In my two previous posts this week I’ve tried to explain the genesis of the Government’s new independent political line on race equality in this country. So, what should the NHS do about it?
Nothing. Ignore it.
The Government wants a long loud row to defend its belief that discrimination is about economic and social circumstances against those arguing for diverse identity politics.
Let’s not give them that row.
The NHS is an organisation engaged in practice. A million consultations every 36 hours. It does not need to pick political fights for their own sake. Especially if that is what the opposition in that fight wants.
In contrast to ignoring the Government’s new independent political line on race – here is another question. What should the NHS do to improve race equality in health care outputs and health outcomes?
A great deal more than they are doing at the moment.
Starting with the organisation of the NHS itself. The leadership of most of its constituent parts does not reflect the diversity of its staff. Recent efforts to improve this situation have had minimal impact.
(And incidentally if discrimination is all about socio-economic background how do you explain a such a predominance of white leadership in the NHS?)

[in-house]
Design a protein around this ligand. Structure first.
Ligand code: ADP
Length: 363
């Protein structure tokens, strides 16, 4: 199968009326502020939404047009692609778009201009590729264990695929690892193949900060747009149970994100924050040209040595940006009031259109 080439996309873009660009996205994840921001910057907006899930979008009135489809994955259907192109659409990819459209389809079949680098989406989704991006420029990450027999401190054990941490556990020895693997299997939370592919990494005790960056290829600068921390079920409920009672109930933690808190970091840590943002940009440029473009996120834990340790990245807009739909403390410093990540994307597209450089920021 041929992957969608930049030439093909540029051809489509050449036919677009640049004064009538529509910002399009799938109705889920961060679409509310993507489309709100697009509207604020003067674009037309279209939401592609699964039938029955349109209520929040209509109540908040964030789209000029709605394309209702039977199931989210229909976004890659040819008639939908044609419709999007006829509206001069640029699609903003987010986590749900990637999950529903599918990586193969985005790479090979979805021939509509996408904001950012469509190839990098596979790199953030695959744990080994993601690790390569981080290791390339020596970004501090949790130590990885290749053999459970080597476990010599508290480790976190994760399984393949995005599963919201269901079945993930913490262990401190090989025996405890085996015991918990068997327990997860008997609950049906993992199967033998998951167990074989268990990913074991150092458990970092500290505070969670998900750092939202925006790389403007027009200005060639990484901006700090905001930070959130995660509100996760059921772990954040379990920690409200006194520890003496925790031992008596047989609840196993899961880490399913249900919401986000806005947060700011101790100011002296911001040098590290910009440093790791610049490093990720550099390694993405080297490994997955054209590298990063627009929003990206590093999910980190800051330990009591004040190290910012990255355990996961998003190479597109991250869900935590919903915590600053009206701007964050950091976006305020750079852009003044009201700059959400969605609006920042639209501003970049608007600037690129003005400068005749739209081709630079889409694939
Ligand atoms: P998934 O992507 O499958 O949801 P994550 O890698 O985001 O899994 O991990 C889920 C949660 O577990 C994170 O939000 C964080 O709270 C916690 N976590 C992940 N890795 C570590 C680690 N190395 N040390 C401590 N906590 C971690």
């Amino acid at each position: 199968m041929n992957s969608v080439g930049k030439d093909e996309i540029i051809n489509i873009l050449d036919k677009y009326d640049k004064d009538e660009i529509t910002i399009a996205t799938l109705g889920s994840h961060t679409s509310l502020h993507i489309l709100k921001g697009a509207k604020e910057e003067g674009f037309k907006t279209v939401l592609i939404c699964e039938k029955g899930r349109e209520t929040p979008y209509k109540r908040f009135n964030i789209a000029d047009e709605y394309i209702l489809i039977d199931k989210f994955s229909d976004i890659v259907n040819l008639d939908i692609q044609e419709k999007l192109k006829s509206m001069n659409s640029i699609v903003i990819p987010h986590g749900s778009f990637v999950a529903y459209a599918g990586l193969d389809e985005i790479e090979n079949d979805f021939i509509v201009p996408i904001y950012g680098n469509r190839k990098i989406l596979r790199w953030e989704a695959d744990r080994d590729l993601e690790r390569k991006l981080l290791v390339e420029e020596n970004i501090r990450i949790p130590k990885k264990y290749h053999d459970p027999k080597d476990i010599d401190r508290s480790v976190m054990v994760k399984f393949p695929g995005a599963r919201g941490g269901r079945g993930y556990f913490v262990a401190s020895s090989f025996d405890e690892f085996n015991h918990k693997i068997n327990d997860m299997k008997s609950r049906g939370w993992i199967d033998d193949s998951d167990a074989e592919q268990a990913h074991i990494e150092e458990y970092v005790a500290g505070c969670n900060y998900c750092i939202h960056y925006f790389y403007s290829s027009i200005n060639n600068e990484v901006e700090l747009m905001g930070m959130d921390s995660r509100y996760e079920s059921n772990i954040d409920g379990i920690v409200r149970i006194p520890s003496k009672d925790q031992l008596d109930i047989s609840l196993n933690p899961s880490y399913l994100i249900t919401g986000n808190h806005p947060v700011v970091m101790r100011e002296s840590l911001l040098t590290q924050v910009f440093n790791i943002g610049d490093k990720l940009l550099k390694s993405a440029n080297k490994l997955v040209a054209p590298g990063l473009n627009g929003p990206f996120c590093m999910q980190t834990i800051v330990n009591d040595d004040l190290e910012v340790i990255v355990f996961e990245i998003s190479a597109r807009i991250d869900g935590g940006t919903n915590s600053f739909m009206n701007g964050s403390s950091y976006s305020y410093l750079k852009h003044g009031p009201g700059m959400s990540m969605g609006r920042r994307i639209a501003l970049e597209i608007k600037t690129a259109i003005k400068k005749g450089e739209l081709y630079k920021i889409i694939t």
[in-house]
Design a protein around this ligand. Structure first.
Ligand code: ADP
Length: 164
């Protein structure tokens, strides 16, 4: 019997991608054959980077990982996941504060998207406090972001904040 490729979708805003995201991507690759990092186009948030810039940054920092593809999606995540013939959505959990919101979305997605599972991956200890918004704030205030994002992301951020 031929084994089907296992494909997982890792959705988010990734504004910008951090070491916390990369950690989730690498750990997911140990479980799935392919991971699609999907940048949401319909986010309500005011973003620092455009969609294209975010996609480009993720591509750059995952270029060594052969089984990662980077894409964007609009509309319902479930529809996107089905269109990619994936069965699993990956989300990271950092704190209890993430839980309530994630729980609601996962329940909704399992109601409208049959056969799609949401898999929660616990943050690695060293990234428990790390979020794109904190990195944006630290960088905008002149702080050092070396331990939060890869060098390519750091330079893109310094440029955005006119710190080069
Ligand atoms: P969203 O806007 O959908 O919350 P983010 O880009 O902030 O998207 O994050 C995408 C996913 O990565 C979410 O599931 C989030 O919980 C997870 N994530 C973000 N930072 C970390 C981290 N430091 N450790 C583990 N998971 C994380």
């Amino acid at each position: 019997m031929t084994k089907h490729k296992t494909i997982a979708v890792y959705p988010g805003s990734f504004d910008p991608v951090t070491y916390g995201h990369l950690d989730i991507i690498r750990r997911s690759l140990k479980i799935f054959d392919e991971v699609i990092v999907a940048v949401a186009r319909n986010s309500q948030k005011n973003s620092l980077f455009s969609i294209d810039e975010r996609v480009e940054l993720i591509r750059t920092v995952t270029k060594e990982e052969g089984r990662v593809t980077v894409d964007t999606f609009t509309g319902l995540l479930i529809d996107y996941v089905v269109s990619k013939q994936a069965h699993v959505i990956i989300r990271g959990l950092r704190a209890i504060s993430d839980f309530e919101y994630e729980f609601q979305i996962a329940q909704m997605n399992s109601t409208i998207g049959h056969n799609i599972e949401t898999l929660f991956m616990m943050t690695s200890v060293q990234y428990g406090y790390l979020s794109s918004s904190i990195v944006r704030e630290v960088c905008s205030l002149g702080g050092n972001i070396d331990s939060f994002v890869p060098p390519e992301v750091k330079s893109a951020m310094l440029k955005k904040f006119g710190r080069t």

There are more black and minority ethnic highly qualified staff, who in class terms have ‘made it’ in the NHS, than any other organisation. Senior experienced clinicians from diverse backgrounds work in every corner of the NHS. Yet very few of them reach the Board of their organisations. Is that down to the higher class of the white people who get on to the Board?
Of course not.
It’s because of systemic racism.
Since the NHS wants to change the diversity of its leadership it has to get on with the extremely hard yards of dismantling the way in which race and disadvantage work together throughout its workforce and promotion culture. It means moving way beyond kind words and policy to working through every single moment of the way in which staff are recruited and managed. As we do this, we uncover the ways in which these NHS institutions, that we love, have systemically failed to provide equal opportunities for all. I would never underestimate how painful this is.
But equally I would never underestimate the awful pain experienced by black and minority staff who have not had the leadership opportunities of their white colleagues.
Beyond the NHS as an organisation, to the people it serves, the necessary changes are even greater. Let’s separate out two issues. Health care outputs, over which the NHS has a lot of control, and health outcomes over which it has less (but still about 20%).
It is key to both of these issues that the NHS understands how its current practice fails to relate as strongly as it should to the diverse nature of its patients’ ethnic backgrounds.
The Government ‘independent’ report on race makes much of the problem of the acronym BAME. It’s wrong to treat everybody who comes from the hundreds of different ethnic communities in the UK as if they were the same. If that’s wrong (and it is) then it would be even more wrong to treat everyone who comes from those various communities as if they were white.